European legal and political mechanisms in promotion of freedom of expression in the norm-violating state: case of Russian Federation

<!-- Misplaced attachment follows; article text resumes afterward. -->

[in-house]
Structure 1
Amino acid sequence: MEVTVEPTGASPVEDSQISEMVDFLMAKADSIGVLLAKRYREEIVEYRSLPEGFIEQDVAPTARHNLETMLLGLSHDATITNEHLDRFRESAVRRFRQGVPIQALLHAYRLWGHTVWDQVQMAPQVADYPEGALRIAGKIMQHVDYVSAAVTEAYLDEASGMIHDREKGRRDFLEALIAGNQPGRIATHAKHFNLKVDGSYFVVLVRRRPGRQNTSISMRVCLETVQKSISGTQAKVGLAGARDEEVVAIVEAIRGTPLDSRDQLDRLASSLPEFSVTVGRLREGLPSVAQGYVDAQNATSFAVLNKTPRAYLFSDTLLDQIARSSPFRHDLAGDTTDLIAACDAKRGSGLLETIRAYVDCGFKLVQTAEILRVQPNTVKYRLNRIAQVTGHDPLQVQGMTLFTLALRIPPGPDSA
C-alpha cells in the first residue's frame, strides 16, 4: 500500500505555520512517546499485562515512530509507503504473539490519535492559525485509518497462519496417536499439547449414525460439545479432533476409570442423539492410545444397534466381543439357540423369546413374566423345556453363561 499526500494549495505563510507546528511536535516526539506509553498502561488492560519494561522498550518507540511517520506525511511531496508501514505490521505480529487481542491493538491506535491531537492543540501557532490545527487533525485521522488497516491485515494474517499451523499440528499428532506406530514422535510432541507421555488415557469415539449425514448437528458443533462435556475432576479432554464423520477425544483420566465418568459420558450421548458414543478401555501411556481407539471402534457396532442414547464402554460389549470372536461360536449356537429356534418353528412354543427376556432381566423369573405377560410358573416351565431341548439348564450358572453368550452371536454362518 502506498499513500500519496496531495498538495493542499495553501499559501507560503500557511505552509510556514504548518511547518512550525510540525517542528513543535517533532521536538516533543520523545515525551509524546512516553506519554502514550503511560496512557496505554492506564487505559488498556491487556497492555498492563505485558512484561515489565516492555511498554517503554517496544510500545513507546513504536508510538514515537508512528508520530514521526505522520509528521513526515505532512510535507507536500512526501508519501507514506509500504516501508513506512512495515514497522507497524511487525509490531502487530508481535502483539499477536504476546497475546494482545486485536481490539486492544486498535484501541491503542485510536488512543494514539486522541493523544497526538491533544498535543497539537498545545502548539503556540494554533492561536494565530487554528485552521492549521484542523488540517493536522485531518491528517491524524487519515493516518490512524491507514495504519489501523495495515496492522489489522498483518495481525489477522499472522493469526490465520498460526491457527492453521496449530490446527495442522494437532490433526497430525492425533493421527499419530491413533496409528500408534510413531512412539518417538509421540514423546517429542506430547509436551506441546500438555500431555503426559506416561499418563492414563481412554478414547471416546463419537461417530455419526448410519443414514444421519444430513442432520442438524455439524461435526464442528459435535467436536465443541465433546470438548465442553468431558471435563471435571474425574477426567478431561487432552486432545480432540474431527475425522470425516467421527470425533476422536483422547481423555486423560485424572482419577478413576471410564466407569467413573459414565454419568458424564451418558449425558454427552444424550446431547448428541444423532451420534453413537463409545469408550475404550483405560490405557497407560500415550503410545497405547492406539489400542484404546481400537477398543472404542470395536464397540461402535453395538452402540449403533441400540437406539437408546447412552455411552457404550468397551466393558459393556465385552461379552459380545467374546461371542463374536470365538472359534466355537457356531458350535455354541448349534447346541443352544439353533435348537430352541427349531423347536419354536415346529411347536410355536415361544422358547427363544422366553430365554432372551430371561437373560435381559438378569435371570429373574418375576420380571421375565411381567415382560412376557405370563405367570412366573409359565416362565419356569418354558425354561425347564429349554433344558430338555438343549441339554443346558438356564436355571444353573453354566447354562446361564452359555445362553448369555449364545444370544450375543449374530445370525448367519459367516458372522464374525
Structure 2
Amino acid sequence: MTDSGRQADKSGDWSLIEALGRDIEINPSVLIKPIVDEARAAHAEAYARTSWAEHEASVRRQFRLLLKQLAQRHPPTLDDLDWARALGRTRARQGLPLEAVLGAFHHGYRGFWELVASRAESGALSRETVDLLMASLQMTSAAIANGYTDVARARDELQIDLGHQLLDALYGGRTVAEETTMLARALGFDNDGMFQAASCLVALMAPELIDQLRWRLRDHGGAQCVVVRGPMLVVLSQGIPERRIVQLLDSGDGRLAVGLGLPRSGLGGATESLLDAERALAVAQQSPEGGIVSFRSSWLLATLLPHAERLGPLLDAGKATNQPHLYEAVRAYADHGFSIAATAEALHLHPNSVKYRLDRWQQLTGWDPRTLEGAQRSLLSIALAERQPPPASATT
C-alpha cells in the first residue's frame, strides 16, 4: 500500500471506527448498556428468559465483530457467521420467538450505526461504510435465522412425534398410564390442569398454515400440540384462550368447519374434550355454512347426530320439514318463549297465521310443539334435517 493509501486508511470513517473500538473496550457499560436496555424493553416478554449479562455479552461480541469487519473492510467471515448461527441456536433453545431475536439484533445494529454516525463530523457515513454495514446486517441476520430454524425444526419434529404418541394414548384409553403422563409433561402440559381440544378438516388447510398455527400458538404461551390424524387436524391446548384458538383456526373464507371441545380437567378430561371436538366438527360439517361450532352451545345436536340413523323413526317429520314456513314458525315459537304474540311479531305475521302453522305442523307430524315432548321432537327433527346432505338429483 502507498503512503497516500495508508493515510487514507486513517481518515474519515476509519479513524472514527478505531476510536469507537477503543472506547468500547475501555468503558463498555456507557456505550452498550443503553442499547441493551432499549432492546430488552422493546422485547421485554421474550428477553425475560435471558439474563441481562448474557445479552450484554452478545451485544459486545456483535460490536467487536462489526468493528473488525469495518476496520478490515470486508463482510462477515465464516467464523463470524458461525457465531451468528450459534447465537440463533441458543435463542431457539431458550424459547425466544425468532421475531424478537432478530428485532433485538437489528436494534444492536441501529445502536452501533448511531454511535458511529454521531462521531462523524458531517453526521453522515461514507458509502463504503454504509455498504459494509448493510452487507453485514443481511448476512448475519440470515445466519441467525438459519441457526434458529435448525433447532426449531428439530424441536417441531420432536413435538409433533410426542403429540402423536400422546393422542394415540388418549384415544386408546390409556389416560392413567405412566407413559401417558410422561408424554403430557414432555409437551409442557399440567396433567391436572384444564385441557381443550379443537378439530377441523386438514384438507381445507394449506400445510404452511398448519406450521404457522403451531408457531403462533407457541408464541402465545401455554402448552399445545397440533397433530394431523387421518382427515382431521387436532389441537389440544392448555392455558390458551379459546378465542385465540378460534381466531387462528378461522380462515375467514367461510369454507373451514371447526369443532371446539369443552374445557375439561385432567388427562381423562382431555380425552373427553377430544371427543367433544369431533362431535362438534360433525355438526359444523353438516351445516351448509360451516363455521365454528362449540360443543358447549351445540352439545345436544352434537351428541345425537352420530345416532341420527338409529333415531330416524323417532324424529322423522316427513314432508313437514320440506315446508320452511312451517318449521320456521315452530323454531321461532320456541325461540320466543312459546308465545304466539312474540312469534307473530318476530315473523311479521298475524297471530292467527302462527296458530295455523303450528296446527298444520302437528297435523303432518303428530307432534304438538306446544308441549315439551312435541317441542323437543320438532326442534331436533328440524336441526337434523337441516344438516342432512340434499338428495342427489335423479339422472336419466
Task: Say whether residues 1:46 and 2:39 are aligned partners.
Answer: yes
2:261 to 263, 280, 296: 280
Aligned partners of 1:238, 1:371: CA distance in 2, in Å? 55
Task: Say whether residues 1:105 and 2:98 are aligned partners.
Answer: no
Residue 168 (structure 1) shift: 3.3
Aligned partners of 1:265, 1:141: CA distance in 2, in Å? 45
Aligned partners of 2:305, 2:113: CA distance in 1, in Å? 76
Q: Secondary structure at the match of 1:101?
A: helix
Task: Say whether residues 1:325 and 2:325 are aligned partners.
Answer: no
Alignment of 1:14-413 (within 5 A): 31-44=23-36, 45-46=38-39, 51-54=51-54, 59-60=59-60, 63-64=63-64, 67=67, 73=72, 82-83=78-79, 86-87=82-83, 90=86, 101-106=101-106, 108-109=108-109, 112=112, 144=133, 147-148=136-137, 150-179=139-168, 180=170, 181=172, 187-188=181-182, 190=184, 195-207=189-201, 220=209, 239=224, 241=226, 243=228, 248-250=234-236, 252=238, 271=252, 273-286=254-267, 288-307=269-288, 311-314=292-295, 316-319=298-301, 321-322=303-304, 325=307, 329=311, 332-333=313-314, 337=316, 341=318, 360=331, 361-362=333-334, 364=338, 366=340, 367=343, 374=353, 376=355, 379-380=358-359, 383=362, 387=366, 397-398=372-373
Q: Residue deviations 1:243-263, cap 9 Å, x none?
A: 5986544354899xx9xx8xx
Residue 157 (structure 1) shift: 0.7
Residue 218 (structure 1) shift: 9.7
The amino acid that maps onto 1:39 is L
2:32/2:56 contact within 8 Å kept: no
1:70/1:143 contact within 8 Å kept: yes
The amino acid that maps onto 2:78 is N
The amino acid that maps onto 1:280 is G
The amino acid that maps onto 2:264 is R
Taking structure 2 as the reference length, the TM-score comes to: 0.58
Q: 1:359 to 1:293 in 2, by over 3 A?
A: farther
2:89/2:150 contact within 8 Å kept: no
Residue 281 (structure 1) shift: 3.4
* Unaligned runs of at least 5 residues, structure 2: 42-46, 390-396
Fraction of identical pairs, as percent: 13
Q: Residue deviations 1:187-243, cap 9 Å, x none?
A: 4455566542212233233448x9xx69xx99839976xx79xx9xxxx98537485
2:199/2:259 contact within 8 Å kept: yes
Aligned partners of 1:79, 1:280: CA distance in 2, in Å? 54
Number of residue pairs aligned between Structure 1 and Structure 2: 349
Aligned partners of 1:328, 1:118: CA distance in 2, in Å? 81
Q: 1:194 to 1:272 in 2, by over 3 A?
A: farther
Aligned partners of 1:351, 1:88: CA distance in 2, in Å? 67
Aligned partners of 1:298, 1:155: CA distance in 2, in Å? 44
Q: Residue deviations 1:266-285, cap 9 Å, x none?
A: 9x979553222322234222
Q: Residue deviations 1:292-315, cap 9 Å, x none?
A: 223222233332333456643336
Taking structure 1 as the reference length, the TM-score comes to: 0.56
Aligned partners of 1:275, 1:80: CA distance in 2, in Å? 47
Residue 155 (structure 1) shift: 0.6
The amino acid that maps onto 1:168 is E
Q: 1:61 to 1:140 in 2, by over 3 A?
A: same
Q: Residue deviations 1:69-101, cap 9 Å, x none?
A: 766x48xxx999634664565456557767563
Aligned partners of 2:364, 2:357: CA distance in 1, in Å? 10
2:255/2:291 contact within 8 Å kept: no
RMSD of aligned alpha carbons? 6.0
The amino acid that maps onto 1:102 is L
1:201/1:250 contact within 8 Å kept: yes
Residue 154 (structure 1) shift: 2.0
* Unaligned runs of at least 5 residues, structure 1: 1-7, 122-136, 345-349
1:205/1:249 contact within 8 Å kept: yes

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The purpose of this thesis is to explain the essence of European legal and political mechanisms in promotion of human rights, particularly freedom of expression in the Russian Federation. The confrontation between Europe and Russia over the practice of this commonly accepted liberal democratic norm has become vigorous since the adoption of ECHR in 1998 by the latter. This study emphasizes analysis of obligations taken by Russia under international law and European legal and political instruments for monitoring the compliance. Deriving from the theory of international socialization developed by Thomas Risse, Stephen Ropp and Kathryn Sikkink the research tries to contribute into the understanding of the process and applicability of the theory to powerful norm-violating state. This is done through consideration of the ECtHR case law and evaluation of international political pressure generated by transnational advocacy networks based on particular case studies.